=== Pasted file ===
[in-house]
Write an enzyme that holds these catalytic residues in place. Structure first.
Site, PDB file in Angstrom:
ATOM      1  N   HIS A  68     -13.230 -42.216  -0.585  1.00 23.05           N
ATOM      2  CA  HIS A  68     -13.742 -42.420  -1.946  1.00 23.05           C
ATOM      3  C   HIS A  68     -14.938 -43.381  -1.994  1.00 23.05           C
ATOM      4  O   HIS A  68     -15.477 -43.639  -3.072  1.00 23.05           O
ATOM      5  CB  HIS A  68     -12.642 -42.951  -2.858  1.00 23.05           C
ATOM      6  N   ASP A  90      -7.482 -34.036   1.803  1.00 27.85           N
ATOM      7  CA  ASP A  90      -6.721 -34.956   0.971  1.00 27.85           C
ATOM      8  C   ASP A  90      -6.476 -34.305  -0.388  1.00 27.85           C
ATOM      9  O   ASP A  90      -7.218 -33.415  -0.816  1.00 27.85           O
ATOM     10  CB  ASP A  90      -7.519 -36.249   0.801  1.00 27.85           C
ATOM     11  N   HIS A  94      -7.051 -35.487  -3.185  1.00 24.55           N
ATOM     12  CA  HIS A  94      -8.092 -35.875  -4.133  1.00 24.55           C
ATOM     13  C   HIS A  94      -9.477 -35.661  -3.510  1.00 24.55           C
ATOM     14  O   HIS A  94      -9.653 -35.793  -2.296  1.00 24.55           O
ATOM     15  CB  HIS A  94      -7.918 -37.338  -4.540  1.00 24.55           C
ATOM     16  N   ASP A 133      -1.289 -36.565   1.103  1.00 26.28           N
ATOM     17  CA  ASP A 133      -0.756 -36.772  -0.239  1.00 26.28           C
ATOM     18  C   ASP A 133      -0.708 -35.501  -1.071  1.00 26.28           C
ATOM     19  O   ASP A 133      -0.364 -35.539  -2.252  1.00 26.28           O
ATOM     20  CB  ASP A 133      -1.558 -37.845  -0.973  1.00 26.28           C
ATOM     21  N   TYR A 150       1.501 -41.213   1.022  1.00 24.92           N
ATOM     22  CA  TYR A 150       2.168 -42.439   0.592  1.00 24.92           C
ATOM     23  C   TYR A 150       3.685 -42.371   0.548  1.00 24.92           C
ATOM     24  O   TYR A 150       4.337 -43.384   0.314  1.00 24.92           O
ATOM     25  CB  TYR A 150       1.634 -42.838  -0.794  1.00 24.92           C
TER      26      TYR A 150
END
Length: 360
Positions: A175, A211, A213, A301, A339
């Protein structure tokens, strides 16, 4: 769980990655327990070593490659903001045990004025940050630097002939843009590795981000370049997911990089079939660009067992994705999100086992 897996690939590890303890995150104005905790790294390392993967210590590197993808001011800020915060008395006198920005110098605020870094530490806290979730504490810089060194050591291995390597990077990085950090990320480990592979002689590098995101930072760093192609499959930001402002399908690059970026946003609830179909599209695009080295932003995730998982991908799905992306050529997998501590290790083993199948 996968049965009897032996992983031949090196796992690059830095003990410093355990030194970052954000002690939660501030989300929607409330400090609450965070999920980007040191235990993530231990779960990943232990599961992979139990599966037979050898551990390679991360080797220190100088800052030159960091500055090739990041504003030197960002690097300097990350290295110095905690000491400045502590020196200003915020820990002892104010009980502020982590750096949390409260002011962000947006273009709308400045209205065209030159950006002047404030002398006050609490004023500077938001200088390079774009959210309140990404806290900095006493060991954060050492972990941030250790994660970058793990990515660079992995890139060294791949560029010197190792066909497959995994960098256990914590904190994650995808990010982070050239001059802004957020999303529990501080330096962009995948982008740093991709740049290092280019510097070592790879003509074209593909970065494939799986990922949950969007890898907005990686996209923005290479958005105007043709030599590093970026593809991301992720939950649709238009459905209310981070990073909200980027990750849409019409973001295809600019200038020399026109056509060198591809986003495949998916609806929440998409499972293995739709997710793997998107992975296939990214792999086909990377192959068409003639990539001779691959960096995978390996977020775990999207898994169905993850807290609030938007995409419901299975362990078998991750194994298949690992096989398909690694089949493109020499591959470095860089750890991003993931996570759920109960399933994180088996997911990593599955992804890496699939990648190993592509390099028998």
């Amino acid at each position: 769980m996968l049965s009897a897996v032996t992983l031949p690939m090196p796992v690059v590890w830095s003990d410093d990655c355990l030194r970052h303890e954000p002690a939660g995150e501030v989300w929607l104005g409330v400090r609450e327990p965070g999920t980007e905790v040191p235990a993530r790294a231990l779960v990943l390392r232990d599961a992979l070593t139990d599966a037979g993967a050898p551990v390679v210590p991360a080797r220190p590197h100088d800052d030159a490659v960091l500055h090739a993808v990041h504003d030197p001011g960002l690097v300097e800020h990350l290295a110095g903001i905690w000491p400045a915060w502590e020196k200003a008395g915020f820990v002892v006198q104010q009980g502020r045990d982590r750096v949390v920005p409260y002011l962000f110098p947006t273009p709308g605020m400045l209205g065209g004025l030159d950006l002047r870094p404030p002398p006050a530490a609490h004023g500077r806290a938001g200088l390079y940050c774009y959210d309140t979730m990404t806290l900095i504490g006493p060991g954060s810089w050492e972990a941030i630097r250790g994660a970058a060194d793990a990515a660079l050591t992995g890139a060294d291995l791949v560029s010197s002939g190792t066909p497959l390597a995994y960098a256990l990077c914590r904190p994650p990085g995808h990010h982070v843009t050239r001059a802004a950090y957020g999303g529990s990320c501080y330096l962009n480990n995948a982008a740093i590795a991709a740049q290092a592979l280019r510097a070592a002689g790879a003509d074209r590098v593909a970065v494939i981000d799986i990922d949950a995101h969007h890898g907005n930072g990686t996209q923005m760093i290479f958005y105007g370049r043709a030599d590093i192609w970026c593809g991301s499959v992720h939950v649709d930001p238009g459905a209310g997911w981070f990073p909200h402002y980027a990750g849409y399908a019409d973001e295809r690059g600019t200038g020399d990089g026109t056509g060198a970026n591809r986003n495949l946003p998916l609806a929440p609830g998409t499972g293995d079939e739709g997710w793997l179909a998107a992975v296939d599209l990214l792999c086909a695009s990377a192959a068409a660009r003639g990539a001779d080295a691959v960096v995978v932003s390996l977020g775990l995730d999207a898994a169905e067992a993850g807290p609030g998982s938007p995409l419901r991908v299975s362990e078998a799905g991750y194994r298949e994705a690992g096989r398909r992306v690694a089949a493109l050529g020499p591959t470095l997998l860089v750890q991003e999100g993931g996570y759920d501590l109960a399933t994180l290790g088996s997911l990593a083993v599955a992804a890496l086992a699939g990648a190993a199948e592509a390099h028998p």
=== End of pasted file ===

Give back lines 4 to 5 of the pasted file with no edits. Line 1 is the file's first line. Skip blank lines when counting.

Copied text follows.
ATOM      1  N   HIS A  68     -13.230 -42.216  -0.585  1.00 23.05           N
ATOM      2  CA  HIS A  68     -13.742 -42.420  -1.946  1.00 23.05           C